duces are animate, and are called the fishes of the sea, and the birds of the heavens.
The sixth state is when he utters truths and does good deeds from faith, and therefore from love. The things that he now produces are called the living soul, and the beast. And as he now begins to act at once both from faith and from love, he becomes a spiritual man; who is called an image. His spiritual life is delighted, and is sustained, by those things which are of the cognitions of faith and of the works of charity, which are called his meat; and his natural life is delighted and supported by those things that belong to the body and the senses; whence a conflict arises, until love reigns, and he becomes a celestial man.
They that are regenerated do not all attain this state. But some,—at this day even the greater part,—only reach the first; some only the second; some the third; the fourth; the fifth,—rarely the sixth; and scarcely any one the seventh. (A. C. n. 6-13.)
There were those at that time who formed doctrine out of the perceived truths of the Most Ancient and the succeeding churches, that it might serve for a test by which to know what is good and true. Such were called Enoch. This is signified by the words,—"And Enoch walked with God." Thus also they named that doctrine; and this [doctrine] too is signified by the name Enoch, which means to instruct. The same also appears from the signification of the word walk, and from the circumstance that he is said to have walked with God, and not with Jehovah. To walk with God is to teach and to live according to the doctrine of faith; but to walk with Jehovah is to live the life of love. To walk is a customary form of expression signifying to live; as to walk in the law, to walk in the statutes, to walk in the truth. To walk properly has relation to a way, which is of truth, consequently, which is of faith or of the doctrine of faith. (A. C. n. 519.)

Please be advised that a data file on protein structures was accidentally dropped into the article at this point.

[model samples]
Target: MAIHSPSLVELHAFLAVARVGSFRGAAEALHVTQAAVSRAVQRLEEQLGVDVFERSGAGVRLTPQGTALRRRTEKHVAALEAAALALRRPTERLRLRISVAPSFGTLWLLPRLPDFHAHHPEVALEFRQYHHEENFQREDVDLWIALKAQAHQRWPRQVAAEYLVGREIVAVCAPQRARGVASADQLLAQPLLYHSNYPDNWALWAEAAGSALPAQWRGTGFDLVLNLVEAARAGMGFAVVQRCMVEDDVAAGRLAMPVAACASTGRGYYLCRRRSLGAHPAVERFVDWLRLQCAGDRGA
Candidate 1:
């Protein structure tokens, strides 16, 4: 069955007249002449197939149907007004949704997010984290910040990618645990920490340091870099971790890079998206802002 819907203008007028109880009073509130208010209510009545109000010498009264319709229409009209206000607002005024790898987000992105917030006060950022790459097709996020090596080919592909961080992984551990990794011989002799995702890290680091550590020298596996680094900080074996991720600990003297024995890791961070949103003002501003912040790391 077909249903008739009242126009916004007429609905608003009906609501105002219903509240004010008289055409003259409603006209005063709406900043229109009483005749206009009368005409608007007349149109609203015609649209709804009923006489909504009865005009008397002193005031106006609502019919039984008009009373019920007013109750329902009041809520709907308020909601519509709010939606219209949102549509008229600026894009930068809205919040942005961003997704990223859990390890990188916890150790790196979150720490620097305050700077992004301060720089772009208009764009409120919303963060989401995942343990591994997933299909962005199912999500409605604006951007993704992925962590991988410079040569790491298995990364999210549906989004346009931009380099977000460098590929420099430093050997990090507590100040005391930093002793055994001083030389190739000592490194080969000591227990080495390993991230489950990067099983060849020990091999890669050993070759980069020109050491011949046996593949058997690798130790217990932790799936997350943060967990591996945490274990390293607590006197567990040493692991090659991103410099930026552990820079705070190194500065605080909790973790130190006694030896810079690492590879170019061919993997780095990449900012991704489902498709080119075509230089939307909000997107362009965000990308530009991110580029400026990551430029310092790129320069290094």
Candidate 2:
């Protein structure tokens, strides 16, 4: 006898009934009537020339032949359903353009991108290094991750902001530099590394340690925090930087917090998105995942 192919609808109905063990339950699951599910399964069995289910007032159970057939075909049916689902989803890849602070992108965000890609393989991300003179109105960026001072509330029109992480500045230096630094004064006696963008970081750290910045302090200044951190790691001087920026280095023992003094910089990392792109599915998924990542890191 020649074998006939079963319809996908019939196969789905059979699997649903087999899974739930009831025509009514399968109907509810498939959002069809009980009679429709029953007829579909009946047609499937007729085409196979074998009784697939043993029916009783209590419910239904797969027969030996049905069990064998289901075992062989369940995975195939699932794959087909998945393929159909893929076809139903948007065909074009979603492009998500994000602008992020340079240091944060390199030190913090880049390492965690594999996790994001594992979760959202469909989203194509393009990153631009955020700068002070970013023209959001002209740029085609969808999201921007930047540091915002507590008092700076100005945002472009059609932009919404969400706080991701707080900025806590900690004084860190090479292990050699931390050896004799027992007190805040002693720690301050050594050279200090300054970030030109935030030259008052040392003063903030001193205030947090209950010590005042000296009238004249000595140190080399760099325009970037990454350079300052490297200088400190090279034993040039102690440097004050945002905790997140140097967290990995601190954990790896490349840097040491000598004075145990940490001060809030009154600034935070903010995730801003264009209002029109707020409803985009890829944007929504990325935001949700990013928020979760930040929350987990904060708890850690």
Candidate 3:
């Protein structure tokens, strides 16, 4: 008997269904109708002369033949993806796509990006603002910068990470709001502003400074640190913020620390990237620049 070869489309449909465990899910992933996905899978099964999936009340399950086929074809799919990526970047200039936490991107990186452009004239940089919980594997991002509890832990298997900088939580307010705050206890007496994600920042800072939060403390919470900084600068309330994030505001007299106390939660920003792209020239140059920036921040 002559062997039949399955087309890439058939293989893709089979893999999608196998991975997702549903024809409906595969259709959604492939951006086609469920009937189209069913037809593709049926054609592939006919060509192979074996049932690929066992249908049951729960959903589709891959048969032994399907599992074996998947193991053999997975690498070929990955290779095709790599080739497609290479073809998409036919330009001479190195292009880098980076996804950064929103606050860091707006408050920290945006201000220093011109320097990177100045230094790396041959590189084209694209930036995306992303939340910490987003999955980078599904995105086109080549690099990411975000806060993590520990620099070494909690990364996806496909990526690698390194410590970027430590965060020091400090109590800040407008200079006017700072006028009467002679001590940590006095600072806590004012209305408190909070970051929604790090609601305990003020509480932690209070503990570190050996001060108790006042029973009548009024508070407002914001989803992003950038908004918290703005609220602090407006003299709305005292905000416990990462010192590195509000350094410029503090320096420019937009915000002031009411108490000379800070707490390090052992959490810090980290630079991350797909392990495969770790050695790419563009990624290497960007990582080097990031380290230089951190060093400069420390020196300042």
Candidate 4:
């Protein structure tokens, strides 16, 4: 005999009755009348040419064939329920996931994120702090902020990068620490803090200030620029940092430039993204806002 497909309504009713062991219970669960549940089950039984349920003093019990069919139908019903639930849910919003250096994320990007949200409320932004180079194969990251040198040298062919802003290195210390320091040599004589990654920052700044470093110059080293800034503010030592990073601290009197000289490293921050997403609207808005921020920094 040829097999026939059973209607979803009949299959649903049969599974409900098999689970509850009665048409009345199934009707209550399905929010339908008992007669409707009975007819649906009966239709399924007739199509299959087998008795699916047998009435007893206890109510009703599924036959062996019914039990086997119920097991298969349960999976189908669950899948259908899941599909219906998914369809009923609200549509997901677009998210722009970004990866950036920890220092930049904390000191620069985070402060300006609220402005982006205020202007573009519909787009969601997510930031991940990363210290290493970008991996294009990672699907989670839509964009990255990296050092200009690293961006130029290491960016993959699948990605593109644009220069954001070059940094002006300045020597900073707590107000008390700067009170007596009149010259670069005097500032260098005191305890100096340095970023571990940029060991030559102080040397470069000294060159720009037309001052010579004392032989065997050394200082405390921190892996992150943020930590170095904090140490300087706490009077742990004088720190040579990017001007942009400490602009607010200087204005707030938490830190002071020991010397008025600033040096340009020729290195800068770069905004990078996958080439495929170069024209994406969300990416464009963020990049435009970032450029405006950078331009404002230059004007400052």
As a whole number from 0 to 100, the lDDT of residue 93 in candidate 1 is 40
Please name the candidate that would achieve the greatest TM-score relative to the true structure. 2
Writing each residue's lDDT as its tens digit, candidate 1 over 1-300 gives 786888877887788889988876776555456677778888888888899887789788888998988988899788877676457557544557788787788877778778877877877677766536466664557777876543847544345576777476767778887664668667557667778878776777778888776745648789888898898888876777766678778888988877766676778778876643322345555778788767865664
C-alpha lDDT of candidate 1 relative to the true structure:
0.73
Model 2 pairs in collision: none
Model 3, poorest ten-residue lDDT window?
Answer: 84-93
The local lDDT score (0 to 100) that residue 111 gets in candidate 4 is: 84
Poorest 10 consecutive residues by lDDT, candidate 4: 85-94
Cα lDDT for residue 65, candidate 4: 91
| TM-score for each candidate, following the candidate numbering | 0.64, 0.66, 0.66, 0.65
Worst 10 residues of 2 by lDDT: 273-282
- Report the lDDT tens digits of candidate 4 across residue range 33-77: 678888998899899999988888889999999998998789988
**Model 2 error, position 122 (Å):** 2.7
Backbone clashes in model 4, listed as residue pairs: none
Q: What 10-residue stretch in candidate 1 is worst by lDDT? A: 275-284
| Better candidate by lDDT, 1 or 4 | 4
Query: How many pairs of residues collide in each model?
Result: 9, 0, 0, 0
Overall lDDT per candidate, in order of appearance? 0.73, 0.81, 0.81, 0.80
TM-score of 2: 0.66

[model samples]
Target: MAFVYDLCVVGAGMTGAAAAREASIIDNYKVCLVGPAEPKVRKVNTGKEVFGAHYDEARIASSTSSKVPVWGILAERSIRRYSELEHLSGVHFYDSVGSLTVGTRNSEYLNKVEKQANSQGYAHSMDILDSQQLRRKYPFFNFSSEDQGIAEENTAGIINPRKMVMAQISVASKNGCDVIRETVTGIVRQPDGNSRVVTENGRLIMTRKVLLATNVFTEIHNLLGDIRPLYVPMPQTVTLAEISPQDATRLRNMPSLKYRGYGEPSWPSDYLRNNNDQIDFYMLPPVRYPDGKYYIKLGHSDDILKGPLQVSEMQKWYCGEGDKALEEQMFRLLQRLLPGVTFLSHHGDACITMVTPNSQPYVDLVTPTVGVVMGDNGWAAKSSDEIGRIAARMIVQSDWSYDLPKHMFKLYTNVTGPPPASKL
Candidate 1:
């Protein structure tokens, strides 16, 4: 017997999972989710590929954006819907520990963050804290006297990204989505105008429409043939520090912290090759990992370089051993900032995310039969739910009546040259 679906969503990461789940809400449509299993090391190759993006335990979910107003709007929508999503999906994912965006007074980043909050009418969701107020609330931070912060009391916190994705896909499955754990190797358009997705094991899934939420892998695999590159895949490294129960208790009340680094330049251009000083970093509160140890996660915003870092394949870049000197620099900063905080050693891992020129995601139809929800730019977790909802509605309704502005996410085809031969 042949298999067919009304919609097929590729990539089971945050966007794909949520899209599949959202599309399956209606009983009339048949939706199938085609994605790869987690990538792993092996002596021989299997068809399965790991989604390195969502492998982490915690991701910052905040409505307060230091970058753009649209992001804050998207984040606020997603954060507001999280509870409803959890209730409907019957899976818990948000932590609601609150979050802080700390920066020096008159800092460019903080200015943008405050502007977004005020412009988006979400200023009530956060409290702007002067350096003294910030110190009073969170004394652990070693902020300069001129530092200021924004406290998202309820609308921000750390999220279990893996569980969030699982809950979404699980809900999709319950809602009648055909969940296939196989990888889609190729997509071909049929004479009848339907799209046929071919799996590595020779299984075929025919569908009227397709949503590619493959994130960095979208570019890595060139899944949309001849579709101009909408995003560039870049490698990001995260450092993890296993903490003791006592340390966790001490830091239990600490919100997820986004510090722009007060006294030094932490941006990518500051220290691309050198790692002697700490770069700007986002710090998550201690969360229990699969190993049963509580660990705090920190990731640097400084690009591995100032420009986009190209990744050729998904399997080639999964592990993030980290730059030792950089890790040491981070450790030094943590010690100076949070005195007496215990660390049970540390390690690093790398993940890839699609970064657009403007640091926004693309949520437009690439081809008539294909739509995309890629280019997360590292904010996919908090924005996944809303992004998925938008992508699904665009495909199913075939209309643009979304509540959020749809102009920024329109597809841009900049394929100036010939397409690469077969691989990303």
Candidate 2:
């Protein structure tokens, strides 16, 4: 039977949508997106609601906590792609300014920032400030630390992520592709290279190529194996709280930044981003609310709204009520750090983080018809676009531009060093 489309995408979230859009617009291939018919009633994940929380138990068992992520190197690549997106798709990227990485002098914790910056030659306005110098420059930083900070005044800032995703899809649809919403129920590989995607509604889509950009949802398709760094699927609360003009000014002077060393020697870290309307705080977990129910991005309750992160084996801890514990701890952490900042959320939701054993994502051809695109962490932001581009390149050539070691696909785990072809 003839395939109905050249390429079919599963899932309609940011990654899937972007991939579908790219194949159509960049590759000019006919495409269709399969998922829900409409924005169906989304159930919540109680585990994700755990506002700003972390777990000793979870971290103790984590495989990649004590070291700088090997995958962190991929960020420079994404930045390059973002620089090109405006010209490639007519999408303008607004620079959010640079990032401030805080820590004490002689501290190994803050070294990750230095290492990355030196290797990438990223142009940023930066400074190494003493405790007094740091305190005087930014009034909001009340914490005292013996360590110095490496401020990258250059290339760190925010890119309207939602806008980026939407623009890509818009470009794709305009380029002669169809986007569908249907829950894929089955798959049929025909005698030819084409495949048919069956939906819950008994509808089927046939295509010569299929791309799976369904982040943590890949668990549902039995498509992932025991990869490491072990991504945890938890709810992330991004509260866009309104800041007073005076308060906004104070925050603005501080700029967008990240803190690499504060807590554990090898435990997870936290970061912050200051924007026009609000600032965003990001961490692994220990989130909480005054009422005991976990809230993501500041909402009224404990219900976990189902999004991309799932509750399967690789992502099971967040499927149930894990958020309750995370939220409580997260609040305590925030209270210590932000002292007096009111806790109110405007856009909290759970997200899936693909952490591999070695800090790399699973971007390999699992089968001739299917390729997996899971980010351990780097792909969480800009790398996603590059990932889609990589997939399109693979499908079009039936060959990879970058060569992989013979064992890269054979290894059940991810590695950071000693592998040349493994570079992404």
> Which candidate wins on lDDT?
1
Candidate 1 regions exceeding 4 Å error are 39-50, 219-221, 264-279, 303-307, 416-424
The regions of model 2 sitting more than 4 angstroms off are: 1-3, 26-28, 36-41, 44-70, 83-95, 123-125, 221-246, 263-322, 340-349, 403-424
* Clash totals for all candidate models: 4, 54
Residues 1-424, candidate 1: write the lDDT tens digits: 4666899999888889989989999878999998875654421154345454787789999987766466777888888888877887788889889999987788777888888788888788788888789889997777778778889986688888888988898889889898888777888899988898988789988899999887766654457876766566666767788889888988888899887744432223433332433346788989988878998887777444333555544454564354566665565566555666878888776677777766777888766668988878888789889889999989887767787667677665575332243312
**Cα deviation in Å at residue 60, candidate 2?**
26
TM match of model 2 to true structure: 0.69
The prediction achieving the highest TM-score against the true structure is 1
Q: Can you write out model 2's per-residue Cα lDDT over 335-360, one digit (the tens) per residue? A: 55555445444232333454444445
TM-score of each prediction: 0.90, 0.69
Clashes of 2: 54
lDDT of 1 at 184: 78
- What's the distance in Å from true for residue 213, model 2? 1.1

"He was not, for God took him," signifies that that doctrine was preserved for the use of their posterity. The fact with regard to Enoch is, as was said, that he reduced to doctrine the perceived truth of the Most Ancient Church. This at that time was not permitted; for it is a very different thing to cognize by perception and to learn from doctrine. They who are in perception have no need to learn to know by the way of formulated doctrine what they have cognizance of; just as, for the sake of illustration, he who knows how to think well has no need to